Union says employer is circumventing the process
Negotiations between the City of St. John’s and its outside workers have broken off after eight days of talks, The Telegram has learned.
© — Telegram file photo
Employees from the City of St. John’s waterworks department work to rectify low water levels at the main water line at the intersection of Topsail Road and Dunn’s Road in Mount Pearl in June 2013. Negotiations have broken off between the city and its outside workers.
In a letter delivered to The Telegram Tuesday afternoon, Ed White, the national representative for the Canadian Union of Public Employees (CUPE) Local 569, addresses an email sent to Service NL Minister Dan Crummell, who is also responsible for the Labour Relations Agency.
“I am writing in response to an email dated June 19, 2014 which was sent to you by the City of
St. John’s wherein the city requests a conciliation board to assist the parties to conclude a collective agreement,” White writes.
“CUPE Local 569 finds this request premature. It should be noted that the parties have met for eight days,” he stressed.
White said it should also be noted that on June 19 the union provided its sixth proposal package that demonstrated considerable movement, and within minutes of concluding that session the city filed its request for conciliation.
White wrote that from the union’s perspective it appears there was little, if any, consideration given to its position and that the city has an underlying strategy to get to a position of being able to lock out members of Local 569.
When contacted by The Telegram, White confirmed the city’s request to the province.
He said negotiations are on hold as a result.
“I guess it’s not normal in terms of requesting conciliation, generally speaking. Most of our files, the local union would request it, but in this case the employer did,” said White.
He wasn’t willing to discuss the possibility of workers being locked out.
“We know the city is anxious to get a deal and that is all I’m prepared to say on it at this point,” White said.
In the letter to Crummell, White contends the city’s strategy is circumventing the intent of the provisions of the Newfoundland and Labrador Labour Relations Act.
He states that one of the outstanding issues is the pension plan and the city has yet to put a proposal on the table in that regard.
A spokeswoman for the City of St. John’s said in an emailed statement a request for conciliation is a natural progression during deliberations.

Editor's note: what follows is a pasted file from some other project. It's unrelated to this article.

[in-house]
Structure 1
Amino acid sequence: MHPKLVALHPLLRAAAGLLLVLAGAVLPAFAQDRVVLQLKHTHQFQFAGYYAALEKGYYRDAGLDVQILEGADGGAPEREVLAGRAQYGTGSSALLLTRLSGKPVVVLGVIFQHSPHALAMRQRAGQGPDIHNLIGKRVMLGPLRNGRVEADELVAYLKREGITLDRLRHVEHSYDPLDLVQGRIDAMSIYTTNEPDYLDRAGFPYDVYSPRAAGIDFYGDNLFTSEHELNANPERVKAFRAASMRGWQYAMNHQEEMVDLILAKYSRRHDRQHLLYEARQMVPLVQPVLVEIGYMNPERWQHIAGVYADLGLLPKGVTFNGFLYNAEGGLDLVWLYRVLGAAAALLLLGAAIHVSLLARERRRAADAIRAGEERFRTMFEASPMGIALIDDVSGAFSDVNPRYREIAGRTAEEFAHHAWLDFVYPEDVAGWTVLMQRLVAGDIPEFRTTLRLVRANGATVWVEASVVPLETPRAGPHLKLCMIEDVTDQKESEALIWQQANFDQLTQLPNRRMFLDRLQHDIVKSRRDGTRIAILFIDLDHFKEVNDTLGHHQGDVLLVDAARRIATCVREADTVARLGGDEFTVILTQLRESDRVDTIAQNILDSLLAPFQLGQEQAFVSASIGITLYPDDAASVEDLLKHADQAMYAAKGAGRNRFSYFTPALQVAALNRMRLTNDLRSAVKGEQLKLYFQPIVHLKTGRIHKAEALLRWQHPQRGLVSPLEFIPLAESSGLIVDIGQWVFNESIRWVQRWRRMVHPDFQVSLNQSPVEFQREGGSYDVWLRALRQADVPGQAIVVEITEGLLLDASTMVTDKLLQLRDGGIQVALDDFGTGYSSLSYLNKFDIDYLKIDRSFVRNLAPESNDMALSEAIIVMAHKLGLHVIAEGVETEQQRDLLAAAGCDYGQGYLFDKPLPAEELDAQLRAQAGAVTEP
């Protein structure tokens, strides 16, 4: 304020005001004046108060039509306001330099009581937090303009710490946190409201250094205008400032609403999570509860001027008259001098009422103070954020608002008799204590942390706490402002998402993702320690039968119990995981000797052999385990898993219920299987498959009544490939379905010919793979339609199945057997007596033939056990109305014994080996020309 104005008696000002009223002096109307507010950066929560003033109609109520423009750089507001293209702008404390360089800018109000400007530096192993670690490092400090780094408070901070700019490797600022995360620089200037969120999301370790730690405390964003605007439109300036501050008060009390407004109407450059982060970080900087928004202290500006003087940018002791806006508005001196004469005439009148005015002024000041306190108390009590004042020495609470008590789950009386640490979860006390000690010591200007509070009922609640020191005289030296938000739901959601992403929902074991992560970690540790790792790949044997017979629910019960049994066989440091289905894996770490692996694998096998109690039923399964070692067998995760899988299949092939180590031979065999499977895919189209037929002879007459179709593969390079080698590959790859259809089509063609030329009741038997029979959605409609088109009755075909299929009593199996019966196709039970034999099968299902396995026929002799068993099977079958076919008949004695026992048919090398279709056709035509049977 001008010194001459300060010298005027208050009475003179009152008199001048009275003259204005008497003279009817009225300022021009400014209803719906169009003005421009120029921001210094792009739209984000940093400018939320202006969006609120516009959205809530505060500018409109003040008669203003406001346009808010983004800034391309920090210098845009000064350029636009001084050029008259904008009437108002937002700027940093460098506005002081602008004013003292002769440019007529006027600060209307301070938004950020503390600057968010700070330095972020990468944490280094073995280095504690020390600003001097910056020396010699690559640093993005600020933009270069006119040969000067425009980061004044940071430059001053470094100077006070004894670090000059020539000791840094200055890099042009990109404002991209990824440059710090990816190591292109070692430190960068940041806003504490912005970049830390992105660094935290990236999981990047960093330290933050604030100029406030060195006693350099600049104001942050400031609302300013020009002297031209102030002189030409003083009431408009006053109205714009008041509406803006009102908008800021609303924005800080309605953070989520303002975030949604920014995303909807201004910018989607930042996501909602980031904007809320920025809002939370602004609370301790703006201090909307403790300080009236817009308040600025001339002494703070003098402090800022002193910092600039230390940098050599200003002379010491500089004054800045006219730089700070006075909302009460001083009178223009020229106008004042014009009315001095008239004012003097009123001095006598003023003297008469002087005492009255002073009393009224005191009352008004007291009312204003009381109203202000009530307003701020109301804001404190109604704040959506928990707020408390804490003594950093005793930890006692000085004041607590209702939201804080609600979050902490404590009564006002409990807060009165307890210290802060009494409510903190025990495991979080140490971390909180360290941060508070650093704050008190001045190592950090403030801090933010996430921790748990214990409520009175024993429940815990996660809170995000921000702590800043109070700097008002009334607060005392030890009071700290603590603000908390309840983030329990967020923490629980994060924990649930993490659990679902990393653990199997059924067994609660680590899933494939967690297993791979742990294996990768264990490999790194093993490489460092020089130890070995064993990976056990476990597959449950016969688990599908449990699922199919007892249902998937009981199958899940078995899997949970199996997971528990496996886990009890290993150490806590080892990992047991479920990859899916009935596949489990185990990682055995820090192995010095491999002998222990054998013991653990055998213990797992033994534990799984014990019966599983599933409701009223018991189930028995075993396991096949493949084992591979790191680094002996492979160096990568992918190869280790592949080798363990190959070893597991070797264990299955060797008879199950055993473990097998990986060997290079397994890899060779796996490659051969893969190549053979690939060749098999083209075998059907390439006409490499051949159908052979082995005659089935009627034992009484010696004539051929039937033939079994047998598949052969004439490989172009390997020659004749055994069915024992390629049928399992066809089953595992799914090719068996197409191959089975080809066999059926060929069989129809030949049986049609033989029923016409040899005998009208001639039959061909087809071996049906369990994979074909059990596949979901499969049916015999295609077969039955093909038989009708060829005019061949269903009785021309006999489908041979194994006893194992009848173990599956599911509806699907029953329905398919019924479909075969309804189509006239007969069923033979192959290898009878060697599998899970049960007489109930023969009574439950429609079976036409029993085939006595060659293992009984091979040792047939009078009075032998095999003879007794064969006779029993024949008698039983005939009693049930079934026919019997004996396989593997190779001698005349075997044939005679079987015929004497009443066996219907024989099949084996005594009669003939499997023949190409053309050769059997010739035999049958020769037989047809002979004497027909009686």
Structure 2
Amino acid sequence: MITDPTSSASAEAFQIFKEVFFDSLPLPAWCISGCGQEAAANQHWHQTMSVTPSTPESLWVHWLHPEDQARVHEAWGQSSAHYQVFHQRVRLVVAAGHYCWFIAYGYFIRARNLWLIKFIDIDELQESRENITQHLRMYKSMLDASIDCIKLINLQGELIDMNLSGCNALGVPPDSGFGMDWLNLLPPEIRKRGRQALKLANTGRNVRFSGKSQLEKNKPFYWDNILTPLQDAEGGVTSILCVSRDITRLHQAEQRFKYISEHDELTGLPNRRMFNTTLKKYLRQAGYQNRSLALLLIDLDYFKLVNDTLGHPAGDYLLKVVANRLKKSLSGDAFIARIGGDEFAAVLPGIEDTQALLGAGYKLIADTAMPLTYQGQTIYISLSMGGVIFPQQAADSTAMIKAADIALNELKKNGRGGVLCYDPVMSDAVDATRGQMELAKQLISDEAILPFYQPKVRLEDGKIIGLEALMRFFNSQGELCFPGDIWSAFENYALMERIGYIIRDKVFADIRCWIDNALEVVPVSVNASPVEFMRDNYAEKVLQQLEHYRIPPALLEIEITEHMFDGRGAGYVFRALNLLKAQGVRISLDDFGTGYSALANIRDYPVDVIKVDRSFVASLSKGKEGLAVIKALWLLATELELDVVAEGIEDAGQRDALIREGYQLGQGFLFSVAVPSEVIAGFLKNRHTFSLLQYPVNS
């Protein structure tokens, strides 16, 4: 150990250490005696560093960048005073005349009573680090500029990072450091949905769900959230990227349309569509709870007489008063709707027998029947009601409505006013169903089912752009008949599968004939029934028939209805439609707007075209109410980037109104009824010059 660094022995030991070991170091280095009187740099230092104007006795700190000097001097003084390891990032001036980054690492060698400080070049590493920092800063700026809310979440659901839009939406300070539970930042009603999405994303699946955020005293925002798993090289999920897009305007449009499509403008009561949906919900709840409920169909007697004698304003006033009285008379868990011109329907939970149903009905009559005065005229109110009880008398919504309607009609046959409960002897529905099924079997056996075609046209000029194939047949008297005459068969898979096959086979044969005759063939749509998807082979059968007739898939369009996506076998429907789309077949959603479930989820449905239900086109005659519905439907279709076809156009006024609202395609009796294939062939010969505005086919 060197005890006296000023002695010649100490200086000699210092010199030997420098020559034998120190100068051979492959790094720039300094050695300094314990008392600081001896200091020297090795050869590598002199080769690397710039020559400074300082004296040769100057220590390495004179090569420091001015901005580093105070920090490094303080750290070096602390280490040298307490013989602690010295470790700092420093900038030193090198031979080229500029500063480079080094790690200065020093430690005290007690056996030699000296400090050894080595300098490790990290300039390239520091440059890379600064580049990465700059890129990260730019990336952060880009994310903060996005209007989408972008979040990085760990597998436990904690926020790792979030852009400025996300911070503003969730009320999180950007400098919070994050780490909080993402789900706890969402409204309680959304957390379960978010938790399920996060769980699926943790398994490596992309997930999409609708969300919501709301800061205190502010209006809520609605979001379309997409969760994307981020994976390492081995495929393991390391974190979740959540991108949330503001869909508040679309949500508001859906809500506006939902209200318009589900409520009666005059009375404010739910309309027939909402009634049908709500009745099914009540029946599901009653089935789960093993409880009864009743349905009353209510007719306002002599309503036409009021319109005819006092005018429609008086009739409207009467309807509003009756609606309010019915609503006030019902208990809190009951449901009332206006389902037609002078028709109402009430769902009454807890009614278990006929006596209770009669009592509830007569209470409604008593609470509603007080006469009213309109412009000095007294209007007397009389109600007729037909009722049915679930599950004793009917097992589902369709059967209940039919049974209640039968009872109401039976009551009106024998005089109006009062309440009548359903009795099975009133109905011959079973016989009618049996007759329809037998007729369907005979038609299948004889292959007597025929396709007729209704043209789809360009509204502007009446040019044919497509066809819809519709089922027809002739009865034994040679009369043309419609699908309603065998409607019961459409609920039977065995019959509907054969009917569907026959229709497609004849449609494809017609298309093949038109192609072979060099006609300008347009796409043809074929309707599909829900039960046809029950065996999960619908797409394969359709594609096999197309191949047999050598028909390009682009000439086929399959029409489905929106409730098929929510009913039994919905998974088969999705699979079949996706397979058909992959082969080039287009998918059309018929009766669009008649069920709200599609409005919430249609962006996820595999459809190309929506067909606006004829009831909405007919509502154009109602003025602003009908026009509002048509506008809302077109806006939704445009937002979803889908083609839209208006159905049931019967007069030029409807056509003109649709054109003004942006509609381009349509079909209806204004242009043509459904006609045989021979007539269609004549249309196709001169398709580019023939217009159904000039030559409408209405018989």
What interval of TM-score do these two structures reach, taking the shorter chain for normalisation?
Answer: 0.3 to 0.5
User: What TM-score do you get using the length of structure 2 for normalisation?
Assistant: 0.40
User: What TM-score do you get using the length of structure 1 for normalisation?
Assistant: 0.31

“From the city’s perspective, this is a normal step to take when negotiations are not moving forward. We have used this conciliation service before and we find them to be very effective. Our goal is certainly to avoid a strike or any other action which is why we feel the time is right to engage an independent third party,” the statement said.
A spokeswoman for Crummell’s office also confirmed the request from St. John’s as well as one from the City of Mount Pearl.
“We can confirm that conciliation requests have been received from the City of St. John’s and the City of Mount Pearl with respect to their renegotiation of their collective agreements with CUPE,” said the spokeswoman via email.
“Requests are made to the minister when assistance is needed in concluding a collective agreement. A conciliation officer has been appointed for Mount Pearl and we are processing the request for St. John’s.”
The spokeswoman said there is no set time for requesting conciliation and it varies from case to case.
No one could be reached from the City of Mount Pearl or for Local 2099.
White said while a request for conciliation so early by the employer is unusual, he doesn’t see it as a major obstacle.
“I don’t know if it does a whole lot either way,” he said.
“I don’t see it as being of any benefit at this point in time, but I don’t see it as being a major downside, either. I guess it’s a little bit different than the norm because the employer requested it, but hopefully it will lead to reaching a tentative agreement later this summer,” he said.
However, in his letter, White goes further, asking the minister not to put a conciliation board in place at this time.
“I believe the parties can still meet and possibly conclude a collective agreement without the assistance of a board,” he wrote.
Contracts for both unions are up June 30, 2014 and came into effect July 1, 2010.
When the contract was signed four years ago, White said in a news release, “This tentative deal was achieved without using the conciliation process and the parties look forward to harmonious labour relations over the next four years.”
The city’s chief negotiator, Kevin Breen, said at the time, “Achieving an agreement without third party assistance is a great accomplishment for both sides and bodes well for our ongoing relationship. We all worked very hard at this. Both sides made hard compromises and all members of both teams made contributions. We look forward to the next four years.”